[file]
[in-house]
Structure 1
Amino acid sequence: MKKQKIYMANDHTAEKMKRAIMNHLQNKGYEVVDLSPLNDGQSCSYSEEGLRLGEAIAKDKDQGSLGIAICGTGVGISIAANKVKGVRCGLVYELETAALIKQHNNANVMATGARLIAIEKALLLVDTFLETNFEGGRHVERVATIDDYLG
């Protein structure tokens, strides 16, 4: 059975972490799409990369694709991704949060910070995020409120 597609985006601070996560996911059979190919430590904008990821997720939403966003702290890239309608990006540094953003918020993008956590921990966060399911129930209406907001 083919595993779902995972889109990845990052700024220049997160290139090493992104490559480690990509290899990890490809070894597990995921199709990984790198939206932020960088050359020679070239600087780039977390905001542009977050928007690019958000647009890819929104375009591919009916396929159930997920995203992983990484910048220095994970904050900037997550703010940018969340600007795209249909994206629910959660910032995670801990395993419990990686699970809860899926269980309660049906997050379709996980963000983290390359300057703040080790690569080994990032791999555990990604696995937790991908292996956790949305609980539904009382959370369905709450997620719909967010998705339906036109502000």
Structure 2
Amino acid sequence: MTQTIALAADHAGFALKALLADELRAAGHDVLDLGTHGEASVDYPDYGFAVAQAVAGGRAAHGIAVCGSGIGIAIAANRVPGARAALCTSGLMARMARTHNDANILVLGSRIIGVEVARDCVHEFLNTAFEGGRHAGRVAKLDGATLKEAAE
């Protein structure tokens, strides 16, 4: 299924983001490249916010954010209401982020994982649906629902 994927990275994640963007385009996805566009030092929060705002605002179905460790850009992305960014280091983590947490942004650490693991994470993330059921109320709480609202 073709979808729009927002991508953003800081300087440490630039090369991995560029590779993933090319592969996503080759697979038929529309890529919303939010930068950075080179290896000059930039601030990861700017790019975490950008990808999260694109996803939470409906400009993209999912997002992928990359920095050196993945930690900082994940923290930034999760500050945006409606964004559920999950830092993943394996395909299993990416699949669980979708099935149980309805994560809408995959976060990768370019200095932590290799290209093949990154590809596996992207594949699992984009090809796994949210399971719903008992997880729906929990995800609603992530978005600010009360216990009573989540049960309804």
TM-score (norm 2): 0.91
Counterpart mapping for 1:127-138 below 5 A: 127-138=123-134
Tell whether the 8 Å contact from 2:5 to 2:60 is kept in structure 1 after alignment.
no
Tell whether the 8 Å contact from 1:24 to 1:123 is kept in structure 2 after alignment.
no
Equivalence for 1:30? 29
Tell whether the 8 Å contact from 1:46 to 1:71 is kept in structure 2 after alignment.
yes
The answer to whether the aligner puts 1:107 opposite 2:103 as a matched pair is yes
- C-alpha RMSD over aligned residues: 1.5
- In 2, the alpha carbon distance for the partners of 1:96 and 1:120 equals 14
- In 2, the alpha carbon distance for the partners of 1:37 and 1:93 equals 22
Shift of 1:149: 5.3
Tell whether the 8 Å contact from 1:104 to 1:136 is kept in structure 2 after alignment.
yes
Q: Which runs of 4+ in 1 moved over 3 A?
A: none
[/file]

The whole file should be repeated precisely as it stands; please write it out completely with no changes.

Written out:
[in-house]
Structure 1
Amino acid sequence: MKKQKIYMANDHTAEKMKRAIMNHLQNKGYEVVDLSPLNDGQSCSYSEEGLRLGEAIAKDKDQGSLGIAICGTGVGISIAANKVKGVRCGLVYELETAALIKQHNNANVMATGARLIAIEKALLLVDTFLETNFEGGRHVERVATIDDYLG
């Protein structure tokens, strides 16, 4: 059975972490799409990369694709991704949060910070995020409120 597609985006601070996560996911059979190919430590904008990821997720939403966003702290890239309608990006540094953003918020993008956590921990966060399911129930209406907001 083919595993779902995972889109990845990052700024220049997160290139090493992104490559480690990509290899990890490809070894597990995921199709990984790198939206932020960088050359020679070239600087780039977390905001542009977050928007690019958000647009890819929104375009591919009916396929159930997920995203992983990484910048220095994970904050900037997550703010940018969340600007795209249909994206629910959660910032995670801990395993419990990686699970809860899926269980309660049906997050379709996980963000983290390359300057703040080790690569080994990032791999555990990604696995937790991908292996956790949305609980539904009382959370369905709450997620719909967010998705339906036109502000």
Structure 2
Amino acid sequence: MTQTIALAADHAGFALKALLADELRAAGHDVLDLGTHGEASVDYPDYGFAVAQAVAGGRAAHGIAVCGSGIGIAIAANRVPGARAALCTSGLMARMARTHNDANILVLGSRIIGVEVARDCVHEFLNTAFEGGRHAGRVAKLDGATLKEAAE
């Protein structure tokens, strides 16, 4: 299924983001490249916010954010209401982020994982649906629902 994927990275994640963007385009996805566009030092929060705002605002179905460790850009992305960014280091983590947490942004650490693991994470993330059921109320709480609202 073709979808729009927002991508953003800081300087440490630039090369991995560029590779993933090319592969996503080759697979038929529309890529919303939010930068950075080179290896000059930039601030990861700017790019975490950008990808999260694109996803939470409906400009993209999912997002992928990359920095050196993945930690900082994940923290930034999760500050945006409606964004559920999950830092993943394996395909299993990416699949669980979708099935149980309805994560809408995959976060990768370019200095932590290799290209093949990154590809596996992207594949699992984009090809796994949210399971719903008992997880729906929990995800609603992530978005600010009360216990009573989540049960309804």
TM-score (norm 2): 0.91
Counterpart mapping for 1:127-138 below 5 A: 127-138=123-134
Tell whether the 8 Å contact from 2:5 to 2:60 is kept in structure 1 after alignment.
no
Tell whether the 8 Å contact from 1:24 to 1:123 is kept in structure 2 after alignment.
no
Equivalence for 1:30? 29
Tell whether the 8 Å contact from 1:46 to 1:71 is kept in structure 2 after alignment.
yes
The answer to whether the aligner puts 1:107 opposite 2:103 as a matched pair is yes
- C-alpha RMSD over aligned residues: 1.5
- In 2, the alpha carbon distance for the partners of 1:96 and 1:120 equals 14
- In 2, the alpha carbon distance for the partners of 1:37 and 1:93 equals 22
Shift of 1:149: 5.3
Tell whether the 8 Å contact from 1:104 to 1:136 is kept in structure 2 after alignment.
yes
Q: Which runs of 4+ in 1 moved over 3 A?
A: none